There exists no such thing as "good" lawyers, to be sure. But surely there is a "lesser of two evils" which is prudent to root for, in these cases.
Michael Manoochehri writes "Reuters reports that a "federal appeals court has denied a petition by U.S. Internet radio stations seeking to delay a royalty rate hike due July 15 they say could kill the fledgling industry." This royalty rate hike, put forth by the US Copyright Royalty Board, will increase royalty rates for webcast music tremendously, in some cases to more per year than many webcasters bring in from revenue. Save Net Radio, a coalition of webcasters, is telling listeners that "We are appealing to the millions of Internet radio listeners out there, the webcasters they support and the artists and labels we treasure to rise up and make your voices heard again before this vibrant medium is silenced.""
Nate writes to mention the news that Jack Thompson has issued a cease and desist for the new Mortal Kombat:Armageddon title. Says Mr. Thompson: "It has today come to my attention that the newly recently Mortal Kombat: Armageddon contains an unauthorized commercial exploitation of my name, photograph, image, and likeness within the game." Thompson's likeness has appeared on websites in the game over the last few days as a result of his construction in the 'build-a-fighter' mode. His image is not actually a selectable character in the game, a fact he's chosen to skirt in his demands to Midway. If that's not enough Jack Thompson news for today, Game|Life has the video and commentary on Thompson's dressing down by the judge in the Bully case. Video courtesy of the Destructoid site.
fantomas writes, "The BBC is reporting that the current US-EU talks over data collected from people flying to the USA collapsed last night. US Customs and Border Protection is insisting on access to the airlines' records and 34 pieces of data to be collected from each passenger. This data has been gathered since 2004, but only as a temporary measure. The European Court of Justice threw out the temporary agreement and set a deadline of Sept. 30 to arrive at a new one. Airlines that refuse to hand over information to US authorities may be fined up to $6,000 per passenger, and the passengers themselves held up in immigration for hours. Good for the EU on protecting the privacy of their citizens? Or are they hindering the War on Terror?" An EU official said that the EU wanted to give away less data, while the US wanted more.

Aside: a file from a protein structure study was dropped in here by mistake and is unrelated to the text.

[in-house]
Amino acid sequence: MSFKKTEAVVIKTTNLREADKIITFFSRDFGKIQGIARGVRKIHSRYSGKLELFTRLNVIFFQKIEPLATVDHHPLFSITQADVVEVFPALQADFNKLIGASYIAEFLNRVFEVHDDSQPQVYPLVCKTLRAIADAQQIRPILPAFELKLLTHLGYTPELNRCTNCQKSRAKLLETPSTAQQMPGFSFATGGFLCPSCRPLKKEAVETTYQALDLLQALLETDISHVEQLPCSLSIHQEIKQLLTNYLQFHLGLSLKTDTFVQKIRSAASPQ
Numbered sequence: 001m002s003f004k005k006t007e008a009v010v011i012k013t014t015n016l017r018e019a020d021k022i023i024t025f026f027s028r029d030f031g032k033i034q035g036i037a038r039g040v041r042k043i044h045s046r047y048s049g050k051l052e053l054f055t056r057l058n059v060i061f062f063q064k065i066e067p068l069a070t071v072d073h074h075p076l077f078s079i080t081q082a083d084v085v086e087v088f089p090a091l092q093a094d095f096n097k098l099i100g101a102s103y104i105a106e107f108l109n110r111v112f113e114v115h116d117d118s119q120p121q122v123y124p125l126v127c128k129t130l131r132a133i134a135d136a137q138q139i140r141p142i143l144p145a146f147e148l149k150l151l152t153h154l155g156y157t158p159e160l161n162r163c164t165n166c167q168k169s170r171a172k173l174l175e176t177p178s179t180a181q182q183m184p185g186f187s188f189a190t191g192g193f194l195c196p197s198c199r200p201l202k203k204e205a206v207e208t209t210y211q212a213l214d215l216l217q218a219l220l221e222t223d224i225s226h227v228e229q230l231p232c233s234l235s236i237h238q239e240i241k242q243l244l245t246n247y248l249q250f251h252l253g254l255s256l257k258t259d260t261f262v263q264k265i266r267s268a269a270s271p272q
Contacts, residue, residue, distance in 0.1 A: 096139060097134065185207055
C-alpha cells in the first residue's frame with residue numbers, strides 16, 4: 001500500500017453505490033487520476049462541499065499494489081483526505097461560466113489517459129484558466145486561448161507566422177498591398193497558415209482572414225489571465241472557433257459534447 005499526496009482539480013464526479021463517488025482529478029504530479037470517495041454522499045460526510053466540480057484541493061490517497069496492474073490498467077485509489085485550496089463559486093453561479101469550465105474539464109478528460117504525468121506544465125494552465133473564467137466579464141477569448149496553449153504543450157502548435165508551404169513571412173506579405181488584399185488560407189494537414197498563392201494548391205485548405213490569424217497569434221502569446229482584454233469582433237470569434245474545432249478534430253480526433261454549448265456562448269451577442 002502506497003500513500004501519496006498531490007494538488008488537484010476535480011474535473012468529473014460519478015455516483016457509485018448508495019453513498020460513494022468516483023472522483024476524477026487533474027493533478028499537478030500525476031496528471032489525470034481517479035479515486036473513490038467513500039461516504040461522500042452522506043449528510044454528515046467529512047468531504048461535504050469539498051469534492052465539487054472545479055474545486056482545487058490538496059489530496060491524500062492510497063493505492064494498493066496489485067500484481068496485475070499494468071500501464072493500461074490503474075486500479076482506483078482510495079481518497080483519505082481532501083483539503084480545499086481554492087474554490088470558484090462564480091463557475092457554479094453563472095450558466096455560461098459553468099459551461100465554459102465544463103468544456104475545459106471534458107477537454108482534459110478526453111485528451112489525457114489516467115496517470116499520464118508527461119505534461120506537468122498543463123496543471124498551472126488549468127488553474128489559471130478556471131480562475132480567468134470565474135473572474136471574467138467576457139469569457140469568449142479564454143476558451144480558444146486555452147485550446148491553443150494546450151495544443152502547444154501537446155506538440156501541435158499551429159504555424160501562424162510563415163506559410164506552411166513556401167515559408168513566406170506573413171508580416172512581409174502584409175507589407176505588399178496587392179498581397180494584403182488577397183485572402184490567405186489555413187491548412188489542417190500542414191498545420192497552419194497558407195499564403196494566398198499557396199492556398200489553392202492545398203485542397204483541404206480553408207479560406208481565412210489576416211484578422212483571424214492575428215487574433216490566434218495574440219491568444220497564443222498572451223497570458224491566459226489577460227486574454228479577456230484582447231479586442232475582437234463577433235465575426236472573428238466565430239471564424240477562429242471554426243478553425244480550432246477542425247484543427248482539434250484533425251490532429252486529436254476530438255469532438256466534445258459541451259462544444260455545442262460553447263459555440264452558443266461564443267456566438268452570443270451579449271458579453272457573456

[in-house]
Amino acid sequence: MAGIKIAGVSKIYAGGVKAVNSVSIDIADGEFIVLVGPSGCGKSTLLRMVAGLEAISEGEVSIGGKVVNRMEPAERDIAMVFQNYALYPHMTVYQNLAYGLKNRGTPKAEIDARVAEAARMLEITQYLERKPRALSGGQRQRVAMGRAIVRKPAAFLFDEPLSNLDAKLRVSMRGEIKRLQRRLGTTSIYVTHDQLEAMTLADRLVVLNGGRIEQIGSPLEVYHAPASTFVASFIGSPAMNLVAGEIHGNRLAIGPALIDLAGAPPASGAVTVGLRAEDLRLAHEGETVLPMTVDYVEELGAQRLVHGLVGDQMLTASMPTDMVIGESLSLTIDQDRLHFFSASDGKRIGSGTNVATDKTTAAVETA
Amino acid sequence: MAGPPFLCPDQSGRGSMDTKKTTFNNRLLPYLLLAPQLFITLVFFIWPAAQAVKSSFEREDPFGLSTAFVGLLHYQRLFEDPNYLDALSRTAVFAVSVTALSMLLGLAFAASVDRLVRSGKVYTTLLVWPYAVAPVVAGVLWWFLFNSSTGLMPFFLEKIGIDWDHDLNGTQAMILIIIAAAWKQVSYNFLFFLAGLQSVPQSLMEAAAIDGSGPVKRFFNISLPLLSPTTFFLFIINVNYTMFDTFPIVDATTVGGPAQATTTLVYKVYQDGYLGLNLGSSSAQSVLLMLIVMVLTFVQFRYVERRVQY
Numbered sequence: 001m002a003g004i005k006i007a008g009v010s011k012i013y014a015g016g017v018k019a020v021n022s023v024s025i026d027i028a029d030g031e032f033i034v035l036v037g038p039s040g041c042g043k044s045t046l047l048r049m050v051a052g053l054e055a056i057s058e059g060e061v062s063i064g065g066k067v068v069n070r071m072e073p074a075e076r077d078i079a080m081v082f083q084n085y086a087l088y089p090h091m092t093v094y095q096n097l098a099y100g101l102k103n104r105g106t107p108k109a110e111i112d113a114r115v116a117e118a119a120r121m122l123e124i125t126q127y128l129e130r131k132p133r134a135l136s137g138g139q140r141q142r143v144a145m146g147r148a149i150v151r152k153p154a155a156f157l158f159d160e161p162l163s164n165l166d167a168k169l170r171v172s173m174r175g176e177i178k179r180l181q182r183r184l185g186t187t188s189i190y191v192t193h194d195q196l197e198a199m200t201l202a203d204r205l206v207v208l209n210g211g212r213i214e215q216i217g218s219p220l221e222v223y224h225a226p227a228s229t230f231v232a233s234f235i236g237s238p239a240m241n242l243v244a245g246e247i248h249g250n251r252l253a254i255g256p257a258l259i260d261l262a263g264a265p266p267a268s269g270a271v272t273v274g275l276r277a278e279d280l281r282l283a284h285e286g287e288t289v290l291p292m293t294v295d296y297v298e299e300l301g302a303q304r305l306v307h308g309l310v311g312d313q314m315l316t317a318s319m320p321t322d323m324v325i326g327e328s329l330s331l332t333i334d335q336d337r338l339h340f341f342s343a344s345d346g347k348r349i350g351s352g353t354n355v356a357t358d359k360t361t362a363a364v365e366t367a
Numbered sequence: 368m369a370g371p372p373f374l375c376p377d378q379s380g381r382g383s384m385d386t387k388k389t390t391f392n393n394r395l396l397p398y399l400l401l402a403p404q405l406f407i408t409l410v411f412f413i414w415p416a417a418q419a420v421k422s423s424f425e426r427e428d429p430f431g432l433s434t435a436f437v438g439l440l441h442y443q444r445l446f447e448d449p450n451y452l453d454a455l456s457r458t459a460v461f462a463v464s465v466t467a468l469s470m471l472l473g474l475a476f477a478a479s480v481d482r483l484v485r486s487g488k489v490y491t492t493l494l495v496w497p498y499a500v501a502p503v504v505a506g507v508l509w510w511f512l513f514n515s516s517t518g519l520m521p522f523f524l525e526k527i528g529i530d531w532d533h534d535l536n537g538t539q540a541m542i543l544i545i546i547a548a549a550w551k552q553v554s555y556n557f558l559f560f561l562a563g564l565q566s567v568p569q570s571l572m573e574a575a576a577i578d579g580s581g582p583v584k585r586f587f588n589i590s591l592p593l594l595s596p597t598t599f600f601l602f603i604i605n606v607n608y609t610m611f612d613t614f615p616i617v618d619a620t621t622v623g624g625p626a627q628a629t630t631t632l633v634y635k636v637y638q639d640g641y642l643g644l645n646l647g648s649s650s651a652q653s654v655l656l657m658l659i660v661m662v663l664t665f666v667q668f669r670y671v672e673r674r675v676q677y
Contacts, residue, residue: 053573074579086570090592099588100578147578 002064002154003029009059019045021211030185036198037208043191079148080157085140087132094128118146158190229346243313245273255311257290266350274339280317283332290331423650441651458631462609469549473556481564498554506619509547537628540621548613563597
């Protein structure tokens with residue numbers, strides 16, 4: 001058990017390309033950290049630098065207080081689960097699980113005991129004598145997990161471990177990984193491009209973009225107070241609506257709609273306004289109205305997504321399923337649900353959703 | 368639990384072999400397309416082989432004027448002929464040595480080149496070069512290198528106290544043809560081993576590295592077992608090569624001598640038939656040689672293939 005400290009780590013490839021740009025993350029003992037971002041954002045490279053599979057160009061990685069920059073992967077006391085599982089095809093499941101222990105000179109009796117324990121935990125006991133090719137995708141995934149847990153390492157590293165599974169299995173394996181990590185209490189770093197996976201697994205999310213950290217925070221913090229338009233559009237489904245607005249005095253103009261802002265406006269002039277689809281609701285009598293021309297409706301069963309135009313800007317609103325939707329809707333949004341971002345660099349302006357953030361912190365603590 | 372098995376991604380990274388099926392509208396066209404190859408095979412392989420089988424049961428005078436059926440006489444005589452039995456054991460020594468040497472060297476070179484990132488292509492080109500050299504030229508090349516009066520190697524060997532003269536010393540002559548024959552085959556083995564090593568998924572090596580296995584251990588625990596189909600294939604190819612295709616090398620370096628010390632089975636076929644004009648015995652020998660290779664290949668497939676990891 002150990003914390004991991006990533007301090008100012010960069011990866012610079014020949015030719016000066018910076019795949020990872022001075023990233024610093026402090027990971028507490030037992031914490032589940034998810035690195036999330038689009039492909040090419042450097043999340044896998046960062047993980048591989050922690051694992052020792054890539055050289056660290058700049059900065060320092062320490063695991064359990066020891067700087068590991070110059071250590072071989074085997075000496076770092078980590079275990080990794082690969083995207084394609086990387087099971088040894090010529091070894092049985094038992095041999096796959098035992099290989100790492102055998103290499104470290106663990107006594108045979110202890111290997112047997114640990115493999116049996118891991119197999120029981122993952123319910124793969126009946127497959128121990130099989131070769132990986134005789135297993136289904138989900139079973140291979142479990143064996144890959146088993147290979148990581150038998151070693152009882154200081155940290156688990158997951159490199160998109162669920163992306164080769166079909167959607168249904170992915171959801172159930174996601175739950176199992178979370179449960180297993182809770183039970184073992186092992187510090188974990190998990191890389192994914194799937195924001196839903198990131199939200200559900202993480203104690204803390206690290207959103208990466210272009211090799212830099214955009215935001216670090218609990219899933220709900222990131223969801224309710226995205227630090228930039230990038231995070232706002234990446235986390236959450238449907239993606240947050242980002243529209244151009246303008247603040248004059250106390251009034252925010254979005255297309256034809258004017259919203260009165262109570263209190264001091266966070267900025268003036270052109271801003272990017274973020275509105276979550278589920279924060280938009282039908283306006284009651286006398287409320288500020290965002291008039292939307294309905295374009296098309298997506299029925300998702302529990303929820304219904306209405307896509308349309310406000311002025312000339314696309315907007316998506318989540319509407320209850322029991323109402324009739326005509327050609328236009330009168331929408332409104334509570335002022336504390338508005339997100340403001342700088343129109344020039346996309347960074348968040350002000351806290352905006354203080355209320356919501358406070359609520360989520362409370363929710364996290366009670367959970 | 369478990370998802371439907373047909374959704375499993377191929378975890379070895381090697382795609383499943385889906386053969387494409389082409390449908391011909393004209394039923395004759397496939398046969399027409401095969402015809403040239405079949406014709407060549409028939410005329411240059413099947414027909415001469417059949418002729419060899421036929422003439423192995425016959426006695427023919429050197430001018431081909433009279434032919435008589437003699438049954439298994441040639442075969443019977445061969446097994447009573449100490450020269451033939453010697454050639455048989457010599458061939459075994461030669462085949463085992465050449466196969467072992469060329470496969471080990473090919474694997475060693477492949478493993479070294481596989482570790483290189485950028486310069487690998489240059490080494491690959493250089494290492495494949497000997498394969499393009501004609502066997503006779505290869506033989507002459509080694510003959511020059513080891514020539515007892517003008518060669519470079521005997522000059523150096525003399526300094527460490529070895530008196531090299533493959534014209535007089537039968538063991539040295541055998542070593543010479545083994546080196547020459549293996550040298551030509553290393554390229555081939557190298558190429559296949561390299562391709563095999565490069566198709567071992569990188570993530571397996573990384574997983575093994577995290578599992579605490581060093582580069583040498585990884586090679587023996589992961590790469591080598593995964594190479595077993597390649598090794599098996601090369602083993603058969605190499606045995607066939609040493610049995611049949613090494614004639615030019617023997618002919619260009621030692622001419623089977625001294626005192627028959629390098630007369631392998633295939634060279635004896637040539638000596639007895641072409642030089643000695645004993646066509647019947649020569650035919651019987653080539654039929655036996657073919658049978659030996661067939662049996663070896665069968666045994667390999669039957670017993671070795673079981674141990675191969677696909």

narramissic writes "A U.S. House of Representatives Committee has approved the Electronic Modernization Surveillance Act, a controversial bill that would broaden the U.S. government's ability to conduct electronic surveillance on U.S. residents by making it easier for federal law enforcement officials to get court-issued warrants. The full House is expected to vote on the bill by the end of the month." From the article: "Republicans praised the bill, saying it will help the U.S. government fight terrorism. The bill will provide the U.S. intelligence agencies 'greater agility and flexibility as they try to thwart our determined and dangerous terrorist enemies,' Committee Chairman James Sensenbrenner, a Wisconsin Republican, said in a statement. The full House is expected to vote on the bill by the end of the month. The committee's action comes after U.S. President George Bush called on Congress to approve a controversial electronic surveillance program conducted by the U.S. National Security Agency (NSA). "
An anonymous reader writes "Producers of networking hardware such as Motorola, Corning, and Tyco have come out against Net Neutrality. They support the current senate communications bill, and urge immediate action. 'Don't be confused by these spurious complaints about Net neutrality,' Tim Regan, a vice president with fiber optic cable manufacturer Corning Inc., said. 'Net neutrality is a solution in search of a problem.'" From the article: "Supporters say the Senate measure, which was approved by a committee vote in June but has since gotten hung up chiefly over Net neutrality, is crucial because it would make it easier for new video service providers--such as telephone companies hoping to roll out IPTV--to enter the market, increase competition for cable, and thus spur lower prices. Among other benefits, they say, it would also permit municipalities to offer their own broadband services."
I*Love*Green*Olives writes to tell us the Toledo Blade is reporting that State officials have rubber-stamped a "civil-registry" that would allow accused sex offenders to be tracked with the sex offender registry even if they have never been convicted of a crime. From the article: "A recently enacted law allows county prosecutors, the state attorney general, or, as a last resort, alleged victims to ask judges to civilly declare someone to be a sex offender even when there has been no criminal verdict or successful lawsuit. The rules spell out how the untried process would work. It would largely treat a person placed on the civil registry the same way a convicted sex offender is treated under Ohio's so-called Megan's Law."